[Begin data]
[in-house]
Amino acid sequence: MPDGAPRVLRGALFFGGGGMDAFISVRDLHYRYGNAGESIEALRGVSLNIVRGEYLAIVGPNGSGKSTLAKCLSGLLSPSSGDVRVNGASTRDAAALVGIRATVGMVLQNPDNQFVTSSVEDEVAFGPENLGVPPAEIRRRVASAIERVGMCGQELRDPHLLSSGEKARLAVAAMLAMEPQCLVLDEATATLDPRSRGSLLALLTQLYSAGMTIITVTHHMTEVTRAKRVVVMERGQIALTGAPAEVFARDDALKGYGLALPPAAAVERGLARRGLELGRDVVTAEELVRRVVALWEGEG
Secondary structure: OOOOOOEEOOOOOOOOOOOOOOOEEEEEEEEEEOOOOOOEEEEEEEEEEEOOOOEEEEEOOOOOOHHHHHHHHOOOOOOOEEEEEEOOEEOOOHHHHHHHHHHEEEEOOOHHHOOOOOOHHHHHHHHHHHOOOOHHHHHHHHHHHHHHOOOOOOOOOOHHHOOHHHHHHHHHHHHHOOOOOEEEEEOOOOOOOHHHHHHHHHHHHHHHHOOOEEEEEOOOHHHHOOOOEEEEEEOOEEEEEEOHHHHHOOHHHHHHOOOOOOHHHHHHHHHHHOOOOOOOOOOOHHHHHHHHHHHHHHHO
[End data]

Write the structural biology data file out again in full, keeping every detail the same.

[in-house]
Amino acid sequence: MPDGAPRVLRGALFFGGGGMDAFISVRDLHYRYGNAGESIEALRGVSLNIVRGEYLAIVGPNGSGKSTLAKCLSGLLSPSSGDVRVNGASTRDAAALVGIRATVGMVLQNPDNQFVTSSVEDEVAFGPENLGVPPAEIRRRVASAIERVGMCGQELRDPHLLSSGEKARLAVAAMLAMEPQCLVLDEATATLDPRSRGSLLALLTQLYSAGMTIITVTHHMTEVTRAKRVVVMERGQIALTGAPAEVFARDDALKGYGLALPPAAAVERGLARRGLELGRDVVTAEELVRRVVALWEGEG
Secondary structure: OOOOOOEEOOOOOOOOOOOOOOOEEEEEEEEEEOOOOOOEEEEEEEEEEEOOOOEEEEEOOOOOOHHHHHHHHOOOOOOOEEEEEEOOEEOOOHHHHHHHHHHEEEEOOOHHHOOOOOOHHHHHHHHHHHOOOOHHHHHHHHHHHHHHOOOOOOOOOOHHHOOHHHHHHHHHHHHHOOOOOEEEEEOOOOOOOHHHHHHHHHHHHHHHHOOOEEEEEOOOHHHHOOOOEEEEEEOOEEEEEEOHHHHHOOHHHHHHOOOOOOHHHHHHHHHHHOOOOOOOOOOOHHHHHHHHHHHHHHHO